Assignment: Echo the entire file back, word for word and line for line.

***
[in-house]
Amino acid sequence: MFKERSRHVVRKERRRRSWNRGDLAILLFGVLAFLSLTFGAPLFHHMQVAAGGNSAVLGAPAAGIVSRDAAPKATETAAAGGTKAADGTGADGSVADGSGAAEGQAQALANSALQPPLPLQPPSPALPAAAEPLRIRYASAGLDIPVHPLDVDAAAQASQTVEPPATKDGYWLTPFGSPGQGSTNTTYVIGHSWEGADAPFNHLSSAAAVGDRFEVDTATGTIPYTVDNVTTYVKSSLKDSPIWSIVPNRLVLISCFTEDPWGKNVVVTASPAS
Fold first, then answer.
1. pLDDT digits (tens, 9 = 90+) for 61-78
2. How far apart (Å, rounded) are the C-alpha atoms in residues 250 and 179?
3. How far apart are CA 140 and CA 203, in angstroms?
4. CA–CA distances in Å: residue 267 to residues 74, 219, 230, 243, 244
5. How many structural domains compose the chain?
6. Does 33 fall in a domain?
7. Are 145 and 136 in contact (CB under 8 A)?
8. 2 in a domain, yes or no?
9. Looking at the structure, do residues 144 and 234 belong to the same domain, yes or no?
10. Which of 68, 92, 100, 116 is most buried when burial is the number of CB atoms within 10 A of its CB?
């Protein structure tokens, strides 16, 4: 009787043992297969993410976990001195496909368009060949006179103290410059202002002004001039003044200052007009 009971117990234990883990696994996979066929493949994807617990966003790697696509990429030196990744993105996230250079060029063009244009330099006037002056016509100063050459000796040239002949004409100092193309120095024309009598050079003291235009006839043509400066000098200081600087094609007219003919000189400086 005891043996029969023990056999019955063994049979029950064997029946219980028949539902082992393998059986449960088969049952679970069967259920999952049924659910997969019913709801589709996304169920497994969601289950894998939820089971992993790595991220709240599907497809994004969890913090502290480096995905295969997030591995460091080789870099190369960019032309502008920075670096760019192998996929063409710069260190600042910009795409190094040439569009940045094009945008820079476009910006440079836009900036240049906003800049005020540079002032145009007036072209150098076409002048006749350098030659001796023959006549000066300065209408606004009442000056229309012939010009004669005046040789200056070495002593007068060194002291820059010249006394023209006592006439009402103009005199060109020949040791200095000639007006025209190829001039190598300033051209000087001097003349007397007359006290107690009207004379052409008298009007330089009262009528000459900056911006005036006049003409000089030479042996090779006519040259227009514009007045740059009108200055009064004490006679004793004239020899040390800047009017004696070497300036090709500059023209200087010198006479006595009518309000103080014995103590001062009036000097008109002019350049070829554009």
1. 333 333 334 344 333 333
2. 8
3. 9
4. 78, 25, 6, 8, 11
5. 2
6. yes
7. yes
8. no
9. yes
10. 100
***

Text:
[in-house]
Amino acid sequence: MFKERSRHVVRKERRRRSWNRGDLAILLFGVLAFLSLTFGAPLFHHMQVAAGGNSAVLGAPAAGIVSRDAAPKATETAAAGGTKAADGTGADGSVADGSGAAEGQAQALANSALQPPLPLQPPSPALPAAAEPLRIRYASAGLDIPVHPLDVDAAAQASQTVEPPATKDGYWLTPFGSPGQGSTNTTYVIGHSWEGADAPFNHLSSAAAVGDRFEVDTATGTIPYTVDNVTTYVKSSLKDSPIWSIVPNRLVLISCFTEDPWGKNVVVTASPAS
Fold first, then answer.
1. pLDDT digits (tens, 9 = 90+) for 61-78
2. How far apart (Å, rounded) are the C-alpha atoms in residues 250 and 179?
3. How far apart are CA 140 and CA 203, in angstroms?
4. CA–CA distances in Å: residue 267 to residues 74, 219, 230, 243, 244
5. How many structural domains compose the chain?
6. Does 33 fall in a domain?
7. Are 145 and 136 in contact (CB under 8 A)?
8. 2 in a domain, yes or no?
9. Looking at the structure, do residues 144 and 234 belong to the same domain, yes or no?
10. Which of 68, 92, 100, 116 is most buried when burial is the number of CB atoms within 10 A of its CB?
């Protein structure tokens, strides 16, 4: 009787043992297969993410976990001195496909368009060949006179103290410059202002002004001039003044200052007009 009971117990234990883990696994996979066929493949994807617990966003790697696509990429030196990744993105996230250079060029063009244009330099006037002056016509100063050459000796040239002949004409100092193309120095024309009598050079003291235009006839043509400066000098200081600087094609007219003919000189400086 005891043996029969023990056999019955063994049979029950064997029946219980028949539902082992393998059986449960088969049952679970069967259920999952049924659910997969019913709801589709996304169920497994969601289950894998939820089971992993790595991220709240599907497809994004969890913090502290480096995905295969997030591995460091080789870099190369960019032309502008920075670096760019192998996929063409710069260190600042910009795409190094040439569009940045094009945008820079476009910006440079836009900036240049906003800049005020540079002032145009007036072209150098076409002048006749350098030659001796023959006549000066300065209408606004009442000056229309012939010009004669005046040789200056070495002593007068060194002291820059010249006394023209006592006439009402103009005199060109020949040791200095000639007006025209190829001039190598300033051209000087001097003349007397007359006290107690009207004379052409008298009007330089009262009528000459900056911006005036006049003409000089030479042996090779006519040259227009514009007045740059009108200055009064004490006679004793004239020899040390800047009017004696070497300036090709500059023209200087010198006479006595009518309000103080014995103590001062009036000097008109002019350049070829554009």
1. 333 333 334 344 333 333
2. 8
3. 9
4. 78, 25, 6, 8, 11
5. 2
6. yes
7. yes
8. no
9. yes
10. 100